Stocks Open Higher, On Pace for Weekly Increase – Wall Street Journal, 3/26/2021
- A surge in shares of financials and energy companies pushed the S&P 500 higher Friday, putting the index on track to end a volatile stretch with a slim weekly gain.
- The S&P 500 rose 0.5% shortly after the opening bell. The Dow Jones Industrial Average added around 190 points, or 0.6%.
- The Nasdaq Composite advanced 0.4%.
- Investors are weighing signals that the U.S. economy is primed for a spell of rapid growth against concerns about rising bond yields and a jump in coronavirus cases that threatens to slow European economies.
- U.S. household spending fell 1% during a bout of cold weather in parts of the country in February, Commerce Department data showed. Personal income fell 7.1%.
- In the bond market, the yield on 10-year Treasury notes ticked up to 1.665%, according to Tradeweb, from 1.614% Thursday.
- It was as low as 0.915% in early January. Yields rise when bond prices fall.
- Shares of major banks including Morgan Stanley and Citigroup rose shortly after the opening bell.
- Morgan Stanley added 1.3%, while Citigroup added 1.6%, outperforming the broader market.
- The Federal Reserve on Thursday said temporary limits on dividend payments and share buybacks will end for most lenders after June 30.
- Stocks were buoyant in overseas markets. The Stoxx Europe 600 rose 0.9%.
- China’s Shanghai Composite Index, Japan’s Nikkei 225 and Hong Kong’s Hang Seng all rose roughly 1.6% by the close.
Coronavirus Live Updates: New U.S. Cases Fall as More States Expand Vaccine Eligibility – Wall Street Journal, 3/26/2021
- Newly reported coronavirus cases in the U.S. declined, as more states took steps to open Covid-19 vaccinations to younger residents.
- The U.S. reported more than 67,000 new cases for Thursday, according to data compiled by Johns Hopkins University that was published early Friday. The data may update later. Thursday’s tally was down from the previous day’s total of nearly 87,000, which included backlogs of data from at least two states, but it was higher than the more than 60,000 new cases reported a week earlier.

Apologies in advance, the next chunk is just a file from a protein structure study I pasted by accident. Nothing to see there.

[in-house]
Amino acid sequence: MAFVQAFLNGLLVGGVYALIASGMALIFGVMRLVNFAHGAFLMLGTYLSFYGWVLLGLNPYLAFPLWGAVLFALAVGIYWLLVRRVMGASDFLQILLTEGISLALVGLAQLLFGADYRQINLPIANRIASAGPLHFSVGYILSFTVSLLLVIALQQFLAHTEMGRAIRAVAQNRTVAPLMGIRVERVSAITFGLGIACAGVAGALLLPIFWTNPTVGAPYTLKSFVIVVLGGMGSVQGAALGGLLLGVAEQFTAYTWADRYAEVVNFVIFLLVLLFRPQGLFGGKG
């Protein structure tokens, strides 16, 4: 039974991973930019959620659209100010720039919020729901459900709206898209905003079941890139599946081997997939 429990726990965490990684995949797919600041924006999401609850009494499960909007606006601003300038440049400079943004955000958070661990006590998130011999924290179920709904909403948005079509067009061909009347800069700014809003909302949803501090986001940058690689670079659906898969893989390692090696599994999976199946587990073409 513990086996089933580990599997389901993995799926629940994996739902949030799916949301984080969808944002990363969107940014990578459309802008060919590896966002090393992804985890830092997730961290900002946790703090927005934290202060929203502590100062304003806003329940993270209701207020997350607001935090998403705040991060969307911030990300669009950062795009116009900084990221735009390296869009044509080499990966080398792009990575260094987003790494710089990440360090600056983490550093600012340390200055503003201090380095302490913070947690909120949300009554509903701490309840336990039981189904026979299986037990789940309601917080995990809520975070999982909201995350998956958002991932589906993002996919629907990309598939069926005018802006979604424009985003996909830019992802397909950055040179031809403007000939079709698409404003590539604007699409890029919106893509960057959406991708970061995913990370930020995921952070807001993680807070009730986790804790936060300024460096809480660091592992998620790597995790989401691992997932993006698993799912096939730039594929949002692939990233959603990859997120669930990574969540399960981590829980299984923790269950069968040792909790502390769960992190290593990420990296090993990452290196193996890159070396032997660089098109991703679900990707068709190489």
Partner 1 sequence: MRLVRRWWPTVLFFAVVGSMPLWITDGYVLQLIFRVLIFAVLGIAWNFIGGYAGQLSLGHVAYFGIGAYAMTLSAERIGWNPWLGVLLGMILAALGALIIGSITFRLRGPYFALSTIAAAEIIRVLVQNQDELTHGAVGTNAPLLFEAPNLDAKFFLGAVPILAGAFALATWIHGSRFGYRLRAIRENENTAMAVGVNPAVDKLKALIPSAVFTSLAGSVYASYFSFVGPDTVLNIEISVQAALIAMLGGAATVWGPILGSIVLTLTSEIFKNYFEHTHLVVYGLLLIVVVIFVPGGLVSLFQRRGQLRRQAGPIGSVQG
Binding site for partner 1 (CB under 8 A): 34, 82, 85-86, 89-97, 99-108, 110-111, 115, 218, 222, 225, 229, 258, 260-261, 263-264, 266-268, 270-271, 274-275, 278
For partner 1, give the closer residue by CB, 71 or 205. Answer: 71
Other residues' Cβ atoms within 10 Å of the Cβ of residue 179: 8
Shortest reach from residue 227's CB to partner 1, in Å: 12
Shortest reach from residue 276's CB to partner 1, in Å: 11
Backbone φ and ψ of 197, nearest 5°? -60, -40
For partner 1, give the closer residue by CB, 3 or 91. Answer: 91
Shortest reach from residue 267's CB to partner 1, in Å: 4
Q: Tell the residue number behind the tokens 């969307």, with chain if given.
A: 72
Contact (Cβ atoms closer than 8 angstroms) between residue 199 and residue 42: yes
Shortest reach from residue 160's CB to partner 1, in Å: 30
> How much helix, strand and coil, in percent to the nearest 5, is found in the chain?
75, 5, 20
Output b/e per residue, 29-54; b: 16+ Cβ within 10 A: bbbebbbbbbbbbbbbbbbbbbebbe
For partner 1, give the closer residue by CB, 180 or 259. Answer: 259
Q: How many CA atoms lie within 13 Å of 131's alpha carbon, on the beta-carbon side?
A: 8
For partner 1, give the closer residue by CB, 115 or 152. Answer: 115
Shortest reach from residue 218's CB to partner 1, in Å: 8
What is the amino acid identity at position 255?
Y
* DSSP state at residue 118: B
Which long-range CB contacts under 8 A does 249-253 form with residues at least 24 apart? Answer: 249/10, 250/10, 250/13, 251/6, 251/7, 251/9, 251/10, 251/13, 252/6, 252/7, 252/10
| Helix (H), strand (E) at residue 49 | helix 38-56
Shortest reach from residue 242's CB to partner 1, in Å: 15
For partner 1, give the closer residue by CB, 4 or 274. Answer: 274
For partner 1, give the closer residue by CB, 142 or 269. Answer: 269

- The nation reported more than 1,500 Covid-19 fatalities for Thursday, and the total death toll now exceeds 546,800, according to Johns Hopkins data.
- On Thursday, President Biden said his administration aims to administer 200 million Covid-19 shots by the end of his first 100 days in office, doubling a goal he initially set. An average of 2.5 million doses a day have been administered over the past week.
- Europe continues to experience a rebound in coronavirus infections as governments struggle to impose new restrictions and speed up vaccinations. France, Italy, Belgium and Germany, among other nations, have all seen sharp increases in new cases since early March and are now back to levels last seen at the end of last year or in early January.
- The German government has stopped pushing for nationwide measures to contain the pandemic and is now urging local authorities to adopt appropriate steps at their level. This week, the government scrapped a planned five-day Easter lockdown that had caused a torrent of criticism from businesses, local authorities and the media.
- Italy is expected to partially relax restrictions in parts of the country where infections are slowing, including in Lazio, the region around Rome. From next Tuesday, schools, shops and hairdressers are likely to reopen in Rome. Italy’s government is set to make a decision on Friday.
State Expands Vaccine Eligibility to 50+ Californians Starting April 1 and All Individuals 16+ on April 15 Based on Expected Supply Increases – gov.ca.gov, 3/26/2021
- With supply of vaccines expected to significantly increase in the coming weeks, the state is expanding vaccine eligibility to more Californians.
- Starting April 1, individuals aged 50+ will be eligible to make an appointment, and individuals 16+ will be eligible to make an appointment to be vaccinated starting on April 15.
- Based on the current estimates, California expects to be allocated approximately 2.5 million first and second doses per week in the first half of April, and more than 3 million doses in the second half of April.
- California currently receives about 1.8 million doses per week.
Suez Canal Blockage Forces Operators to Reroute Ships – Wall Street Journal, 3/26/2021
- The operator of the ship blocking the Suez Canal said it would take at least two or three more days to dig the vessel out of the waterway’s bank, while other ship operators began rerouting tankers and containers—in some cases sending them on a two-week extended voyage around the southern tip of Africa.
- Meanwhile, shipping companies have reported more than 300 idled vessels on either side of the canal, which links the Mediterranean Sea with the Red Sea and is a crucial waterway for global trade and energy shipments.